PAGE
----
Career and Education Opportunities for Agricultural Engineers in Elizabeth, New Jersey
Agricultural engineers can find both educational opportunities and jobs in the Elizabeth, New Jersey area. The national trend for agricultural engineers sees this job pool growing by about 12.1% over the next eight years. In general, agricultural engineers apply knowledge of engineering technology and biological science to agricultural problems concerned with power and machinery, electrification, structures, soil and water conservation, and processing of agricultural products.
The income of an agricultural engineer is about $31 hourly or $64,510 yearly on average in New Jersey. In the U.S. as a whole, their income is about $33 hourly or $68,730 annually on average. Earnings for agricultural engineers are not quite as good as earnings in the general category of Engineering in New Jersey and not quite as good as general Engineering category earnings nationally. Jobs in this field include: professor, agriculture scientist, and landscape irrigation science professor.
There is one school within twenty-five miles of Elizabeth where you can study to be an agricultural engineer, among 298 schools of higher education total in the Elizabeth area. Agricultural engineers usually hold a Bachelor's degree, so you can expect to spend about four years studying to be an agricultural engineer if you already have a high school diploma.
CAREER DESCRIPTION: Agricultural Engineer
In general, agricultural engineers apply knowledge of engineering technology and biological science to agricultural problems concerned with power and machinery, electrification, structures, soil and water conservation, and processing of agricultural products.
Agricultural engineers meet with clients such as district or regional councils, farmers, and developers, to consider their needs. They also furnish advice on water quality and issues pertaining to pollution management and ground and surface water resources. Equally important, agricultural engineers have to conduct educational programs that furnish farmers or farm cooperative members with data that can help them improve agricultural productivity. They are often called upon to ready reports and budgets for proposed sites or systems. They are expected to layout sensing and recording devices, and other instrumentation used to study plant or animal life. Finally, agricultural engineers layout and supervise environmental and land reclamation projects in agriculture and related industries.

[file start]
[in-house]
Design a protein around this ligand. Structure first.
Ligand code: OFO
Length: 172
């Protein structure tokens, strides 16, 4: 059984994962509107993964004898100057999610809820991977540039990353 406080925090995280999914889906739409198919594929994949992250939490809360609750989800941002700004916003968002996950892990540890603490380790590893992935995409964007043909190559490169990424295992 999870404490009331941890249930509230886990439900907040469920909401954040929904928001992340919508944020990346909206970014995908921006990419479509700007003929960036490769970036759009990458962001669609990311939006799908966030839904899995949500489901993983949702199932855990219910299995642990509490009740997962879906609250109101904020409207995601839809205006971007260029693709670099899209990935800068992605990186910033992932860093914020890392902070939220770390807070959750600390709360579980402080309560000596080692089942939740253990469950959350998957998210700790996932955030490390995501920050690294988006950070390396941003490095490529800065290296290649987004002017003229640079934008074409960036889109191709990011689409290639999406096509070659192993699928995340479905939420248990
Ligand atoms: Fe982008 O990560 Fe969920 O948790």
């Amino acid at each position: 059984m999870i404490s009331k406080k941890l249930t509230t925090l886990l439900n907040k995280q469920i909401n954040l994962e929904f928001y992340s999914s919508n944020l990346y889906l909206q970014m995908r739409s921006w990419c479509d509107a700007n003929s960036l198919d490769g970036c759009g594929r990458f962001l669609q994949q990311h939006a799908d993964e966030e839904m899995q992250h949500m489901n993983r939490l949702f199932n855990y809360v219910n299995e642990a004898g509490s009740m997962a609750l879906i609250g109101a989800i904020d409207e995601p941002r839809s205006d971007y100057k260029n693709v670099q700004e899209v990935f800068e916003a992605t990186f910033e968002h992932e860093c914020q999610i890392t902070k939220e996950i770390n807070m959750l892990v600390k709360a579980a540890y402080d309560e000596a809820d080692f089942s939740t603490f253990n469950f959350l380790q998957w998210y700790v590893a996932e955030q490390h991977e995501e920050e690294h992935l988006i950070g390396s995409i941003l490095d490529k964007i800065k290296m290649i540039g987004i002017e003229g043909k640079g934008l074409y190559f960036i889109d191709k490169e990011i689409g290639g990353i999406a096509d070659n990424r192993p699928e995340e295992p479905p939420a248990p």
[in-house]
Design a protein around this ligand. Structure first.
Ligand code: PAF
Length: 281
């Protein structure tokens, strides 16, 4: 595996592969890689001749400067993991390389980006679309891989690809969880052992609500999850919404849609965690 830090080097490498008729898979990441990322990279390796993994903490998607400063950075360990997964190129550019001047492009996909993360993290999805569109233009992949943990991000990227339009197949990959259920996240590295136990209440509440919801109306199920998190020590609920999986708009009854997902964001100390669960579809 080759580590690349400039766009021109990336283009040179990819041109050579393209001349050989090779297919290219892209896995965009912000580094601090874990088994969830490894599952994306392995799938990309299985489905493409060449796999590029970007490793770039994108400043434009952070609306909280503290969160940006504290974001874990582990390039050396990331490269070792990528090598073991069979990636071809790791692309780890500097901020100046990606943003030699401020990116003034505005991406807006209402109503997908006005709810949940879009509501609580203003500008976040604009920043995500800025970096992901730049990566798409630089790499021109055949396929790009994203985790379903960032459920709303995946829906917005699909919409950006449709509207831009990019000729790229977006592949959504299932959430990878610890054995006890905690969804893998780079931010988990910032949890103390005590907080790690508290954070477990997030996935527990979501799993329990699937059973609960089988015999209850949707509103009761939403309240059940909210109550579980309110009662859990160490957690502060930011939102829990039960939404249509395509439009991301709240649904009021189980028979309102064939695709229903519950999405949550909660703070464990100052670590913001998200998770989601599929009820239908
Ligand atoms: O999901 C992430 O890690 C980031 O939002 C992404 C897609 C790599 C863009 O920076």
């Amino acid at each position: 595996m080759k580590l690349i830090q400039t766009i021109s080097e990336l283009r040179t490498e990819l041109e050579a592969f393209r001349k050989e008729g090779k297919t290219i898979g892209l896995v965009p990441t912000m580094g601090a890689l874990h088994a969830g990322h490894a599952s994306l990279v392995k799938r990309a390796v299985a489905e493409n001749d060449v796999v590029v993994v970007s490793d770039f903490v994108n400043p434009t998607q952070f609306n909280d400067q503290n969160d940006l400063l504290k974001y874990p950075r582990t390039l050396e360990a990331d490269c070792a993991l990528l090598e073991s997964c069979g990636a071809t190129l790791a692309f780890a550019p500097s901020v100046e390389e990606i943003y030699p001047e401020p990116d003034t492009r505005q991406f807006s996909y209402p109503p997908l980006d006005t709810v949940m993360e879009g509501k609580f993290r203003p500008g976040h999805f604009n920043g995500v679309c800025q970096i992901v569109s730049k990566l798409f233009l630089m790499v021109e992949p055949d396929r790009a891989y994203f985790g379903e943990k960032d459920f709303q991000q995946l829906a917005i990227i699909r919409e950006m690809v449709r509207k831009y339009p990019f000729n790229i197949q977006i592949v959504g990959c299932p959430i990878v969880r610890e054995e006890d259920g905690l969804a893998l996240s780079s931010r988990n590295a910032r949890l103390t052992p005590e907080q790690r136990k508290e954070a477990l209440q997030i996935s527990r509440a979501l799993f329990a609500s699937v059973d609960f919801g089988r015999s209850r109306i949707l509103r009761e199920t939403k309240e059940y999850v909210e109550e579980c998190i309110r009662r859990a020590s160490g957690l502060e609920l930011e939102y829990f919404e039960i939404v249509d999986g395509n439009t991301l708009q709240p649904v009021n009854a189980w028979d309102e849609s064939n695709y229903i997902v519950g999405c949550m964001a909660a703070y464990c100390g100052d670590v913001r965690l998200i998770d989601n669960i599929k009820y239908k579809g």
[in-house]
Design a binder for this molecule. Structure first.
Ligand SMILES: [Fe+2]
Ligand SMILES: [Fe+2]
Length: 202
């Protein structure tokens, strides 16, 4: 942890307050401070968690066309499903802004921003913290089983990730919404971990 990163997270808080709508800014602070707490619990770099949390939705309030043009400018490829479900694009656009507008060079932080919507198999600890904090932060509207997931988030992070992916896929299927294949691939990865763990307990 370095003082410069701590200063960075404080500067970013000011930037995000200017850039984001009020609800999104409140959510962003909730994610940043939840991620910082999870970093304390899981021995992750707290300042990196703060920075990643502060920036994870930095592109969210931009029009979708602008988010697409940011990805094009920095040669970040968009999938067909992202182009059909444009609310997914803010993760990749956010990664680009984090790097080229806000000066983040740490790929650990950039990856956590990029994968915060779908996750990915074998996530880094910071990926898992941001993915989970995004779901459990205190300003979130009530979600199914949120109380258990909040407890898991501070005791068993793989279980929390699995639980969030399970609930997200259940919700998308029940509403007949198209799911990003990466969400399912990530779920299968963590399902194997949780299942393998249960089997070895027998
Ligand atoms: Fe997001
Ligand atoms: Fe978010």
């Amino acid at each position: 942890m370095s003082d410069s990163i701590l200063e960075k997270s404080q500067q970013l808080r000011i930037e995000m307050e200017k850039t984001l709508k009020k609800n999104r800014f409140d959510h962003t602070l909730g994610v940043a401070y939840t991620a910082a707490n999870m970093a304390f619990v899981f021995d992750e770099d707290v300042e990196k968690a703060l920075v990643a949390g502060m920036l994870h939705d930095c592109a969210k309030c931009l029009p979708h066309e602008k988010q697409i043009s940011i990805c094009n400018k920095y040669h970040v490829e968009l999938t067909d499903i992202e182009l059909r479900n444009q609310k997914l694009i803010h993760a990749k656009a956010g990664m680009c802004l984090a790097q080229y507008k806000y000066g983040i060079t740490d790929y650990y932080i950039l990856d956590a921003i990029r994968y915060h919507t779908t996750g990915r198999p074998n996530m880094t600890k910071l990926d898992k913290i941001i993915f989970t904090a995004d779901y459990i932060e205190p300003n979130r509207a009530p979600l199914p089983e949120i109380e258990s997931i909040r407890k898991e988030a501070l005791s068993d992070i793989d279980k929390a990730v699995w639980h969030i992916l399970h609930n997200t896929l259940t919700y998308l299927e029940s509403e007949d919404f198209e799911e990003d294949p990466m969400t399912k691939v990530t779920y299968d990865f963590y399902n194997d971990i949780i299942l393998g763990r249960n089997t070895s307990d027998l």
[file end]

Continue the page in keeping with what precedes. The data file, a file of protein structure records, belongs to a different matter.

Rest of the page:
Every day, agricultural engineers are expected to be able to think through problems and come up with general rules. They need to listen to and understand others in meetings. It is also important that they piece together evidence to, in some sense, diagnose what is going on in a situation.
Agricultural engineers sometimes are asked to layout agricultural machinery components and equipment using computer-aided layout (CAD) technology. They also have to be able to layout structures for crop storage, animal shelter and loading, and animal and crop processing, and supervise their construction and visit sites to monitor environmental problems, to confer with contractors, or to track construction efforts. And finally, they sometimes have to test agricultural machinery and apparatus to insure adequate performance.
Like many other jobs, agricultural engineers must have exceptional integrity and be thorough and dependable.
Similar jobs with educational opportunities in Elizabeth include:
- Biomedical Engineer. Apply knowledge of engineering, biology, and biomechanical principles to the design, development, and evaluation of biological and health systems and products, such as artificial organs, prostheses, instrumentation, medical information systems, and health management and care delivery systems.
- Chemical Engineer. Design chemical plant equipment and devise processes for manufacturing chemicals and products, such as gasoline, synthetic rubber, and pulp, by applying principles and technology of chemistry, physics, and engineering.
- Civil Engineer. Perform engineering duties in planning, designing, and overseeing construction and maintenance of building structures, and facilities, such as roads, railroads, airports, bridges, harbors, channels, dams, irrigation projects, pipelines, power plants, water and sewage systems, and waste disposal units. Includes architectural, structural, and geo-technical engineers.
- Computer Engineer. Research, design, and test computer or computer-related equipment for commercial, industrial, or scientific use. May supervise the manufacturing and installation of computer or computer-related equipment and components.
- Electrical Engineer. Design, develop, or supervise the manufacturing and installation of electrical equipment, components, or systems for commercial, industrial, or scientific use.